Boston Marathon Date and Registration for 2018
So when is the Boston marathon taking place in 2018? Qualifications start as early as the previous year; the date for the 2018 Boston marathon is April 16th, which is also Patriot’s Day.
The 2017 marathon was held on April 17th. The Boston marathon registrations for 2018 open September 11th, 2017 at 10:00 A.M. Eastern Time, and closes on September 20th, 2017 at 5:00 P.M. ET. During this registration, entry would be given to the fastest runners based on their gender and age group.
And that’s officially the initial period. But don’t lose heart if you do not make it in the first registration period because if there are spots still available post the initial period, then the Boston Marathon Registration will open for a second time on Monday, September 25th. And this time, the registration will remain open for qualifying runners, on a first-come, first-served basis until the maximum field size, roughly 24000, is reached.
To run the qualifying distances, you can’t just choose any terrain or route and clock in your time. There are tracks and courses specifically chosen for running Boston marathon qualifying races, which are certified by the USA Track & Field. For overseas aspiring participants, the marathons that they need to run to qualify for Boston should be accredited or recognized by their respective country’s athletic body.
And that’s just the beginning!
You can have a look at the Ultimate Marathon Running Guide: From Start to Finish
Boston Marathon Qualifying Times
How to qualify for Boston Marathon 2018?
The Boston Athletic Association (BAA) establishes a set of qualifying times for every year’s marathon. These times are divided into age groups and further categorized according to gender. The times change every year depending mainly on the number of participants. The qualifying times for Boston 2017 differed from those for Boston 2016, and the same can be expected this year. The BAA has already released the Boston qualifying times for 2018. Let’s take a look.
And now for the catch!
Completing a run or marathon within the Boston qualifying time does not guarantee a runner a spot in the marathon. Owing to the very high number of registrations, only the fastest finishers in their age and gender category are selected to run on race day. Hence, the initial registrations, i.e from September 11-20, are not on a first come, first served basis.
This consequently means that running within the qualifying time isn’t enough to snag a spot in the race; a runner needs to finish a few minutes before the qualifying time. In case of Boston 2018, this time is 2 minutes and 9 seconds.
Reduce this time from the qualifier for your age group and gender, and you will arrive at the actual time you need to run to qualify. Boston Athlete Association accepts qualifying times from USATF or AIMS certified courses for the coveted race.
Athletes with disabilities can also participate; their qualifying times and registration process differs from non-disabled runners. Find the complete information here.
Runners Who Don’t Need Qualifying Times
Another way to qualify for the Boston Marathon Race is running as a charity runner.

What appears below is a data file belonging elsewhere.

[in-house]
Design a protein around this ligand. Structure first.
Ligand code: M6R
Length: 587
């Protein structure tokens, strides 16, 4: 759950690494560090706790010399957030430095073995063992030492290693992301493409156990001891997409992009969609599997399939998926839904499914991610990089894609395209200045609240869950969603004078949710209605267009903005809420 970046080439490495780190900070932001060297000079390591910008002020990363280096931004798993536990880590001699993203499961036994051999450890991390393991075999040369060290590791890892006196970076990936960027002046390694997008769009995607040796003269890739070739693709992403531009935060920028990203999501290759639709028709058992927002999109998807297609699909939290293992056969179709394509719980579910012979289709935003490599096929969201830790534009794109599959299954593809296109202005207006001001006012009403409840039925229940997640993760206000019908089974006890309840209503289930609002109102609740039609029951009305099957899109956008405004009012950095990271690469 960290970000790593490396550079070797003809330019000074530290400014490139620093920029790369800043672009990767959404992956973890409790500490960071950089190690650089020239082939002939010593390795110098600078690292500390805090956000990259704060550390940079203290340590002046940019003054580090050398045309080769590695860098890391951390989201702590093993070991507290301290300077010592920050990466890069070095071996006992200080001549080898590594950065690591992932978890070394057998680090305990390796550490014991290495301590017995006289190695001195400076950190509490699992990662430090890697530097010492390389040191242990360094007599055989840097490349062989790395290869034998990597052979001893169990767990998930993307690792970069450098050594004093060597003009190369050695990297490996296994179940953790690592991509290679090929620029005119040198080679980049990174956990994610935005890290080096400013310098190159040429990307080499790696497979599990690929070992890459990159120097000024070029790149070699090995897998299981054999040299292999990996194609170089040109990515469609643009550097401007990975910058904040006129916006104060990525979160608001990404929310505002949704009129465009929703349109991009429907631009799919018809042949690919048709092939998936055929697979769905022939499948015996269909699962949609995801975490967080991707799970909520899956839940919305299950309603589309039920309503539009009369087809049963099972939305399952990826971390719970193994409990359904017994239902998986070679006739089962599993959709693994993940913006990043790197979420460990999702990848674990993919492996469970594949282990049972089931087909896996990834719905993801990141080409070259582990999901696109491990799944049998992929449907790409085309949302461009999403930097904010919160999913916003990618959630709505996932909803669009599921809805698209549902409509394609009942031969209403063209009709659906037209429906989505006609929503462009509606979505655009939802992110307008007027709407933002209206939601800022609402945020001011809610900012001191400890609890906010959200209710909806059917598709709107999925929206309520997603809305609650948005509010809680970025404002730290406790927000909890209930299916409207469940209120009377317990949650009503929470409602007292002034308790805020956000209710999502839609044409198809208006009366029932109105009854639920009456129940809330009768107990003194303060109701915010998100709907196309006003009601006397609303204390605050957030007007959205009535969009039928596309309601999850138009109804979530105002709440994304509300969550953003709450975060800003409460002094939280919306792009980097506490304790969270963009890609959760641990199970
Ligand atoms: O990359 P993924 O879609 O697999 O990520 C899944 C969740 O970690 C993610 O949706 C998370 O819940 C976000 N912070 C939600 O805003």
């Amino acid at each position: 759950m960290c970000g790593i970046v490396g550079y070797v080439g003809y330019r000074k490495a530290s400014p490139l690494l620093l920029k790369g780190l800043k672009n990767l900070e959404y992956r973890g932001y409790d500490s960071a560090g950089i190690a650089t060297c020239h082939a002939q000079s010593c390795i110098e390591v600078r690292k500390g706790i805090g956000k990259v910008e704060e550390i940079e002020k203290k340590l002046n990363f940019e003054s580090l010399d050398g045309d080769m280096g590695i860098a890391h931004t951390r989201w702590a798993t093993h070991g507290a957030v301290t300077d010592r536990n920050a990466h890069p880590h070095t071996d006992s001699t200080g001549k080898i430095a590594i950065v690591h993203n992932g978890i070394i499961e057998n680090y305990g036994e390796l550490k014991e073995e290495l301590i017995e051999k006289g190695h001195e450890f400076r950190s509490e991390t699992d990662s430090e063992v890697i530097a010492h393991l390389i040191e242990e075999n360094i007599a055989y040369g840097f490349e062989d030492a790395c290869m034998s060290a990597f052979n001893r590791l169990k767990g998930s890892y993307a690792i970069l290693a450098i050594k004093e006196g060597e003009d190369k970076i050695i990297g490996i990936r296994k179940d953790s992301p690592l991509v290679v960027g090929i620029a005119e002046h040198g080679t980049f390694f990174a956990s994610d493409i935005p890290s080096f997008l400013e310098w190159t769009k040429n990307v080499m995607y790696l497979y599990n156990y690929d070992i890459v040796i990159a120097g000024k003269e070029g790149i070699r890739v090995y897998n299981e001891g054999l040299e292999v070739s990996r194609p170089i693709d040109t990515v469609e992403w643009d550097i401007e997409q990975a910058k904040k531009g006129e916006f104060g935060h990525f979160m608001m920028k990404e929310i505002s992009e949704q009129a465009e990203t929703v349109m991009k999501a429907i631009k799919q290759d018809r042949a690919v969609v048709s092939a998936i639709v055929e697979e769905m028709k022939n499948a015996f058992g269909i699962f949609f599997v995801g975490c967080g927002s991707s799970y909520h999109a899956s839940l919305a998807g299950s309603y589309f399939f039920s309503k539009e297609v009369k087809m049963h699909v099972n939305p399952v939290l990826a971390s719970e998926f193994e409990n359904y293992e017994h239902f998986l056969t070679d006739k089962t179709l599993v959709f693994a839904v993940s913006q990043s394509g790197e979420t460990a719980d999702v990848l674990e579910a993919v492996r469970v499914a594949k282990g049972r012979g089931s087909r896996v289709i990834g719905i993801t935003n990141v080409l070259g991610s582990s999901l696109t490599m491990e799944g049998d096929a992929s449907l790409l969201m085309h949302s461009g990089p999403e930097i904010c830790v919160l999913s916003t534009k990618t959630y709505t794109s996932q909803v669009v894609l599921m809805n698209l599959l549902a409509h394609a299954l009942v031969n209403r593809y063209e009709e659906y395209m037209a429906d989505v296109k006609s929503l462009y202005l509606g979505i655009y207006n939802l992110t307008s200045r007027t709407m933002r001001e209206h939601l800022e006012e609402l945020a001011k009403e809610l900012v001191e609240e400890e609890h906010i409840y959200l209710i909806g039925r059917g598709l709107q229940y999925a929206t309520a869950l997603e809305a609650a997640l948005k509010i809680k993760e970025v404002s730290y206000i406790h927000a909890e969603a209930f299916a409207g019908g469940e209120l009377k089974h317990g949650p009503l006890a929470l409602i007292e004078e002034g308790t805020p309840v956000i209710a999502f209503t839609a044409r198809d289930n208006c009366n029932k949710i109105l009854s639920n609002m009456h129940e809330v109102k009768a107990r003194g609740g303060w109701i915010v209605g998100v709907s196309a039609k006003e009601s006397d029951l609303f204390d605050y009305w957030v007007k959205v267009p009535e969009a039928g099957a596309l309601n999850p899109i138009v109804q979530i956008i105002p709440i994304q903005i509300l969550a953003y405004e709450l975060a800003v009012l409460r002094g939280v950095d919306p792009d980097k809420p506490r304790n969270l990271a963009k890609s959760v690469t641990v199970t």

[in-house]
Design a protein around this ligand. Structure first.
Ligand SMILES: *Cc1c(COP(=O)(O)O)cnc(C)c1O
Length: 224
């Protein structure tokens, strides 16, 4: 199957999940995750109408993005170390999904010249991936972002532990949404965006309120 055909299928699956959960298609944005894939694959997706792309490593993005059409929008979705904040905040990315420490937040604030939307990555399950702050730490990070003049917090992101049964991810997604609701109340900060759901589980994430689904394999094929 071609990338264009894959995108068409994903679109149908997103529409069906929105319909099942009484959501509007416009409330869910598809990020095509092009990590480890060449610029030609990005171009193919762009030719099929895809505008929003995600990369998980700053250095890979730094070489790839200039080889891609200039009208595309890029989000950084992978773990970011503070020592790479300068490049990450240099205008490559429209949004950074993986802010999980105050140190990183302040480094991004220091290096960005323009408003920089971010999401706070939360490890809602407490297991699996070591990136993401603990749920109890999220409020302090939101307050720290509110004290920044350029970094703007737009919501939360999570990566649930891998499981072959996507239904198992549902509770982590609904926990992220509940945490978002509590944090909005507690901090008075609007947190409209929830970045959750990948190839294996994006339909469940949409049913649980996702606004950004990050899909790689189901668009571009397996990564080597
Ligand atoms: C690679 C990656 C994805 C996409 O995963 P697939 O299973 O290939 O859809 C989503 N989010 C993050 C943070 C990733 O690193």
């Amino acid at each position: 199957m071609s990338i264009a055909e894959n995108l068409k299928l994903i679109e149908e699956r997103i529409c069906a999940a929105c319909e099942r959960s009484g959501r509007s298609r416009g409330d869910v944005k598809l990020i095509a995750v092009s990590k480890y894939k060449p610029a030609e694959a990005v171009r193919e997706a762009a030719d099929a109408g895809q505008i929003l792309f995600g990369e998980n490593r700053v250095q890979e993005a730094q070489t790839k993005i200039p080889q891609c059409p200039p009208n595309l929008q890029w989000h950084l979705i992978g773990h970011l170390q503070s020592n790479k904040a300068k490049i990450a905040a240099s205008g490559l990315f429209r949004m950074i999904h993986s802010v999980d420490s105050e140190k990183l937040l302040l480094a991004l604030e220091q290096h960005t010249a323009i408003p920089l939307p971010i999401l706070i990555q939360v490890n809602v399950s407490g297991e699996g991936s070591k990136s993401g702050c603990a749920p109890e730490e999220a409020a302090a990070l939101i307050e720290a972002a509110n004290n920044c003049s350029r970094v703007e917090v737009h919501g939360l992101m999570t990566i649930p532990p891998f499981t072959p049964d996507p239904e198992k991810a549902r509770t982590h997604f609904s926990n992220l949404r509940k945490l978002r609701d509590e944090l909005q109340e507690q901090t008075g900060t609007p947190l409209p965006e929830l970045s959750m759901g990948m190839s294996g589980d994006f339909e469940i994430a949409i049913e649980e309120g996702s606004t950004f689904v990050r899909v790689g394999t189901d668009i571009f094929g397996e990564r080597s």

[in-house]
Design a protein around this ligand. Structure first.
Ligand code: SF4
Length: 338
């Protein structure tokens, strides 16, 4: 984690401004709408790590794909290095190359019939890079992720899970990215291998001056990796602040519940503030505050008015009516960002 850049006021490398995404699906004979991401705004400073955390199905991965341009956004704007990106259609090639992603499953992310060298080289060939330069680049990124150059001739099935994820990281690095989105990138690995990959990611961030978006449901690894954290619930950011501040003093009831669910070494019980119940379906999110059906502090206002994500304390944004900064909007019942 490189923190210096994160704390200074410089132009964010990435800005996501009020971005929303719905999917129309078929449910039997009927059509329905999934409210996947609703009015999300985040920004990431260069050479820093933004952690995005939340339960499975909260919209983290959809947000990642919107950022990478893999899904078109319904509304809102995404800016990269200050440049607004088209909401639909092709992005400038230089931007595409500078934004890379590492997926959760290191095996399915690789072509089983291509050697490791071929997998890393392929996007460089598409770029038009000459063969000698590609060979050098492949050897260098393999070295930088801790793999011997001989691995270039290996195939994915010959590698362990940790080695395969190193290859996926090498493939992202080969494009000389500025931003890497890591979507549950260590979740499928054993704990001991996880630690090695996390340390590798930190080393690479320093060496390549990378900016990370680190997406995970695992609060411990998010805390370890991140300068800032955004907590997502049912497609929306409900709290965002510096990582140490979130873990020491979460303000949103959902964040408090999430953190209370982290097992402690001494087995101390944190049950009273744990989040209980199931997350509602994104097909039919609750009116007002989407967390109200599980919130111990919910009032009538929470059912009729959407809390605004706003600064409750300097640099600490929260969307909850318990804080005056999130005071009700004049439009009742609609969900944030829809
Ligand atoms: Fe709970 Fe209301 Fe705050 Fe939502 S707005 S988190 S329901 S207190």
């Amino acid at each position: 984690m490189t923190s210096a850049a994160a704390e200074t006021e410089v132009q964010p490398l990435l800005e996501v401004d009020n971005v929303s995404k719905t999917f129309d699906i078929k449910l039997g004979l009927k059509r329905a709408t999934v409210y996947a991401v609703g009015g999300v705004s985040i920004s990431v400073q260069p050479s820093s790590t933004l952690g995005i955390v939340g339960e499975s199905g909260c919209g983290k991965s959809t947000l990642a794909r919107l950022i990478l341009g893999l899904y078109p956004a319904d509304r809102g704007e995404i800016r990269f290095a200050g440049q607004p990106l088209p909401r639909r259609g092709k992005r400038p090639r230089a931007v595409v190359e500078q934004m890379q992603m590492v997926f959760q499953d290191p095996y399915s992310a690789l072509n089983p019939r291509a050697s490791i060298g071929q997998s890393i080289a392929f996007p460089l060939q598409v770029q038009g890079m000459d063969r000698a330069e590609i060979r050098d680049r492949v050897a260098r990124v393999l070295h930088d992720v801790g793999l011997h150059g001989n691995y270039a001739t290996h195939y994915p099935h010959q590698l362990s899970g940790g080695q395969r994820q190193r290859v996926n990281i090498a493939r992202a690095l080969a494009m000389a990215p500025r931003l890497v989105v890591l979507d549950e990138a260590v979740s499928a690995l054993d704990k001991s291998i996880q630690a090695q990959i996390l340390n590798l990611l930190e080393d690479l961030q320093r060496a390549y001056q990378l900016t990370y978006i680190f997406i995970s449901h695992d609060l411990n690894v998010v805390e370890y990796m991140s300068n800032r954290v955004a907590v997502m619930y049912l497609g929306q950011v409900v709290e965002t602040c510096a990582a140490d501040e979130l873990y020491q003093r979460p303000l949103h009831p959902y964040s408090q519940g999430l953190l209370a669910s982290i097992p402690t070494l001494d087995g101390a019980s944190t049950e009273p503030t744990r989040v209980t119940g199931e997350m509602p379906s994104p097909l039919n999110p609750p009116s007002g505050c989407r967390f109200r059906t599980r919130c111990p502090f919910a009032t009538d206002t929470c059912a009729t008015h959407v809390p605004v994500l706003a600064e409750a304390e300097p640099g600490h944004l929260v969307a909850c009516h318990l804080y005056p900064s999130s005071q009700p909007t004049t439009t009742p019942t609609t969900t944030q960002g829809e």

The Boston Marathon Association sets aside a few thousands of spots for runners who are affiliated with one of the marathon’s official charities. These runners do not have to run a qualifying marathon to get into the race.
A runner running for charities must raise a minimum sum of $5000. In case you fail to meet the fundraising minimum, the amount will be charged on your credit card. Most charities secure the runners’ entries with a credit card and a signed contract to avoid dupery For more details on the Boston Marathon Charity Program, click here .
According to stats, as a regular practice, only 80% of the total participants are chosen from those who run the Boston Marathon qualifying times and races. Hence, if suppose 30,000 runners are participating in the race, then only 24,000 people will be chosen from those who ran the qualifying races and times in their respective categories.
The BAA reserves the remaining 20% (6000) for specific runners. This includes participants that are associated with the event’s official charities, sponsors, media, those residing in the cities along the marathon’s route, and elite runners who are invited by the BAA to participate. This is why the BAA has always maintained its stance of not guaranteeing a spot in the marathon simply based on qualifying times.
Extra Information On Boston Marathon Qualifying Times
The Boston marathon allows participants of 18 years of age and above; your age on race day determines which category you run in. If you are not an 18-year-old as of April 16, 2018, then you cannot run the marathon.
In order to know whether the BAA recognizes your track or course, you will have to contact them and enquire.
The BAA accepts only full marathon distances for qualifying. Anything less than 26.2 miles (42 km) is not accepted. Also, they consider net running time – the time when the finish line is crossed (to start and complete the race).
The BAA’s official website provides all the information in a concise yet all-inclusive way.
Age is just a number! Do you Wish to Run Your First Marathon after 31? Hesitate Not!
Tips to Qualify for the Boston Marathon 2018
To increase your odds of getting a chance to participate, simply completing the qualifying time for the Boston marathon isn’t enough. It requires practice, yes, but it also needs a lot of mental preparation and focus on the smaller details.
Here are some more tips that may help you qualify for the 2018 Boston marathon. Although we can’t guarantee you a spot in the race with these, they will prove to be of great help.